Functional vs. Non-functional Testing
The goal of utilizing numerous testing methodologies in your development process is to make sure your software can successfully operate in multiple environments and across different platforms. These can typically be broken down between functional and non-functional testing. Functional testing involves testing the application against the business requirements. It incorporates all test types designed to guarantee each part of a piece of software behaves as expected by using uses cases provided by the design team or business analyst. These testing methods are usually conducted in order and include:
- Unit testing
- Integration testing
- System testing
- Acceptance testing
Non-functional testing methods incorporate all test types focused on the operational aspects of a piece of software. These include:
- Performance testing
- Security testing
- Usability testing
- Compatibility testing
The key to releasing high quality software that can be easily adopted by your end users is to build a robust testing framework that implements both functional and non-functional software testing methodologies.
Unit testing is the first level of testing and is often performed by the developers themselves. It is the process of ensuring individual components of a piece of software at the code level are functional and work as they were designed to. Developers in a test-driven environment will typically write and run the tests prior to the software or feature being passed over to the test team. Unit testing can be conducted manually, but automating the process will speed up delivery cycles and expand test coverage. Unit testing will also make debugging easier because finding issues earlier means they take less time to fix than if they were discovered later in the testing process. TestLeft is a tool that allows advanced testers and developers to shift left with the fastest test automation tool embedded in any IDE.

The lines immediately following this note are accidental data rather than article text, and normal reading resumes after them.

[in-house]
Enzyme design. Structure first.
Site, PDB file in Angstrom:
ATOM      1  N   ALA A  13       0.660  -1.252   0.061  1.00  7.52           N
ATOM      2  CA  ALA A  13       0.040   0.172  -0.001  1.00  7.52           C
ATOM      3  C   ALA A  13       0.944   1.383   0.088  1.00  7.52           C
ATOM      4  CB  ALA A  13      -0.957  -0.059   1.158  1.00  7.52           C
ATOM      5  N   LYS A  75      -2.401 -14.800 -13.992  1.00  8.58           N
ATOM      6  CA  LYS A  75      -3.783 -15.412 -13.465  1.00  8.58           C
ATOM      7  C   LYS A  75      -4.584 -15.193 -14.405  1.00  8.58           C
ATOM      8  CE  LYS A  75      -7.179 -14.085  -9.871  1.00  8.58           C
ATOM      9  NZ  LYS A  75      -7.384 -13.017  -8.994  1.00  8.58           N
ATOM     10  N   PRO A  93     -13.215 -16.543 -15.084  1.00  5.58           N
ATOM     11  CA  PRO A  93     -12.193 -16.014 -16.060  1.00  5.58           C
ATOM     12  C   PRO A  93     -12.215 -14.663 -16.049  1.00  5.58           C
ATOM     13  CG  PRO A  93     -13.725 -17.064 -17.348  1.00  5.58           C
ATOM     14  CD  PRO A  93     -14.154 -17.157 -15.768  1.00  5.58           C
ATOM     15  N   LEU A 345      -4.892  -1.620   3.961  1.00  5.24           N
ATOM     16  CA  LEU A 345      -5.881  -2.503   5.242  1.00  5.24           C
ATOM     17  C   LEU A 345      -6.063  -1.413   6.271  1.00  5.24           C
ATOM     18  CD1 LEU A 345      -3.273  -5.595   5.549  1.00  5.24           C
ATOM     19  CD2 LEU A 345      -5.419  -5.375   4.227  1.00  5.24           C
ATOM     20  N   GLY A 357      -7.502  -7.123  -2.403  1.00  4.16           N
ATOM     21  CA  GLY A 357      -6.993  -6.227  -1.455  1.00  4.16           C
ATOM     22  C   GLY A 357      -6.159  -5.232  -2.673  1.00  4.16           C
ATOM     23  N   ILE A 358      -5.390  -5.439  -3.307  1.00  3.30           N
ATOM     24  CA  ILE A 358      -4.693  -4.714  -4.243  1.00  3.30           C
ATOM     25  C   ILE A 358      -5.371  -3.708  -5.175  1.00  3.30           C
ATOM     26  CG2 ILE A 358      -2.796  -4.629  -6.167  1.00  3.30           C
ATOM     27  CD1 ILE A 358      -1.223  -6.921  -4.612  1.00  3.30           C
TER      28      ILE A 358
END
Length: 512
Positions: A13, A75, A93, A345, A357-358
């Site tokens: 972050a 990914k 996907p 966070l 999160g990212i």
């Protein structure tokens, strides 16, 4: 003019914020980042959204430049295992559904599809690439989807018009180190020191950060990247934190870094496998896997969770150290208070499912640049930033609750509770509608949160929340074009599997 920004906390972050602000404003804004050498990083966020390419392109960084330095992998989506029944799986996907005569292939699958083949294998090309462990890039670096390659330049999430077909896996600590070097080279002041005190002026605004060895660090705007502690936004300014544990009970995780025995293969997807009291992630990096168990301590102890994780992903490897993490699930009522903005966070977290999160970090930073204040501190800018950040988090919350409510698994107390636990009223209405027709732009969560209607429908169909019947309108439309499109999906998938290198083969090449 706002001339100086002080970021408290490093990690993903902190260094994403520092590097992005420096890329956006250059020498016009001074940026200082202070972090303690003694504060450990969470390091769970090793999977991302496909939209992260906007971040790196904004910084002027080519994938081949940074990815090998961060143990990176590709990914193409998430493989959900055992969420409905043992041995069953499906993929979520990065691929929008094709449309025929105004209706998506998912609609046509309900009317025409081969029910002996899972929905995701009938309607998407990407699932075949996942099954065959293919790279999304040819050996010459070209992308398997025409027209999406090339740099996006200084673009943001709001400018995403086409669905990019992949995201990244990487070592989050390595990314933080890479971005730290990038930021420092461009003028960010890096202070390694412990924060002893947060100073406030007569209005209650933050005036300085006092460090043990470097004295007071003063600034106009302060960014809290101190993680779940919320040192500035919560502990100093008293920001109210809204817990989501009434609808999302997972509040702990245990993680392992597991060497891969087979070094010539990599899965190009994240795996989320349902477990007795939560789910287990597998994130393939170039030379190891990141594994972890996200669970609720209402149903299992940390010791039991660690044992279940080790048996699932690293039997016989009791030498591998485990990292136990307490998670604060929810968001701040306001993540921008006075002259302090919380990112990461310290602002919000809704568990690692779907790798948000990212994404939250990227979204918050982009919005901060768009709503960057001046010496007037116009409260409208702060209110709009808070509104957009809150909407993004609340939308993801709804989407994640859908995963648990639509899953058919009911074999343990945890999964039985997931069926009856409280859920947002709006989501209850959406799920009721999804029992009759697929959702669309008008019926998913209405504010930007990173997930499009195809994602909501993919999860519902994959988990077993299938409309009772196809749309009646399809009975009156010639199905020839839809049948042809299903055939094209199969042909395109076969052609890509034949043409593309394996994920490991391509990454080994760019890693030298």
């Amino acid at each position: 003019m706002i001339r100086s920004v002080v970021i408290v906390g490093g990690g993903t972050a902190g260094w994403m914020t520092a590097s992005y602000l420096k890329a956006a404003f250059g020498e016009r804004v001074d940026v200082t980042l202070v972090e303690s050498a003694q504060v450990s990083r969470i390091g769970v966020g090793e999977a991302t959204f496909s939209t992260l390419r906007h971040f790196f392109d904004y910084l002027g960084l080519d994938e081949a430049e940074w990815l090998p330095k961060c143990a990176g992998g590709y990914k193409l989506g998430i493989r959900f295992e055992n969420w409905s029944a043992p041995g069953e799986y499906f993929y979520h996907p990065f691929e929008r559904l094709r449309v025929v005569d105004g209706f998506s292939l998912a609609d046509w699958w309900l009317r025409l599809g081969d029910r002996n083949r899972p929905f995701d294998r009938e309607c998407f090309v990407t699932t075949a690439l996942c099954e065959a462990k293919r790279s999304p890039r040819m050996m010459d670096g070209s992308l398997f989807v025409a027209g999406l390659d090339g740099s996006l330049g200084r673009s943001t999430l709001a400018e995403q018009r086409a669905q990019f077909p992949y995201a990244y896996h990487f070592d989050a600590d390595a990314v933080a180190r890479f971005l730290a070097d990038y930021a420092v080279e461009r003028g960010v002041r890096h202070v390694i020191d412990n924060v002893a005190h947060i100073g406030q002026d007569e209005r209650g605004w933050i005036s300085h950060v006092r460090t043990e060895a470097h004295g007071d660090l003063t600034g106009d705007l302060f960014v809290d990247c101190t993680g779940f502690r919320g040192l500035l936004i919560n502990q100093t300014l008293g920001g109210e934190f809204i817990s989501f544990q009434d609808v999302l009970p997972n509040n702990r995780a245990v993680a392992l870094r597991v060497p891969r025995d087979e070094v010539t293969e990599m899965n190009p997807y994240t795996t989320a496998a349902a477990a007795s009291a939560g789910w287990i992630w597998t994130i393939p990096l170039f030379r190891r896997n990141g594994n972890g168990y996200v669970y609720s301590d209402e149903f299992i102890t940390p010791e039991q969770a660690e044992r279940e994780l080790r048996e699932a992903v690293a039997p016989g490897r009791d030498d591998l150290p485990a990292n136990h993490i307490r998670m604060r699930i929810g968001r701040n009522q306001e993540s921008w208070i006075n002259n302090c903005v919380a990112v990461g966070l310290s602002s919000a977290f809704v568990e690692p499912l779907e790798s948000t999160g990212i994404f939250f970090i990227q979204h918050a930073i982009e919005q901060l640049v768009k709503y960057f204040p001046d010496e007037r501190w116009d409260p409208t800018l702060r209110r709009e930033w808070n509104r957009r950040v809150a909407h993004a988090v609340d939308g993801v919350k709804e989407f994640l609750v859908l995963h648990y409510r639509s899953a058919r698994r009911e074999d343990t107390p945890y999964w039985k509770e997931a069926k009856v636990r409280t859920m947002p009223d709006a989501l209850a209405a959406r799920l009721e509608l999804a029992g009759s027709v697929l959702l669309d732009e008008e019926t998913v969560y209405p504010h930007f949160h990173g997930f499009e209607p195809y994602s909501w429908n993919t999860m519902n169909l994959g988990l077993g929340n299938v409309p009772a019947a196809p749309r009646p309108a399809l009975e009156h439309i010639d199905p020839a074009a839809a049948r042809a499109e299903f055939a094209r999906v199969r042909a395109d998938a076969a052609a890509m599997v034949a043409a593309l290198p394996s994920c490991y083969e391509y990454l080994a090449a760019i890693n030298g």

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After each unit is thoroughly tested, it is integrated with other units to create modules or components that are designed to perform specific tasks or activities. These are then tested as group through integration testing to ensure whole segments of an application behave as expected (i.e, the interactions between units are seamless). These tests are often framed by user scenarios, such as logging into an application or opening files. Integrated tests can be conducted by either developers or independent testers and are usually comprised of a combination of automated functional and manual tests.
System testing is a black box testing method used to evaluate the completed and integrated system, as a whole, to ensure it meets specified requirements. The functionality of the software is tested from end-to-end and is typically conducted by a separate testing team than the development team before the product is pushed into production.
Acceptance testing is the last phase of functional testing and is used to assess whether or not the final piece of software is ready for delivery. It involves ensuring that the product is in compliance with all of the original business criteria and that it meets the end user’s needs. This requires the product be tested both internally and externally, meaning you’ll need to get it into the hands of your end users for beta testing along with those of your QA team. Beta testing is key to getting real feedback from potential customers and can address any final usability concerns.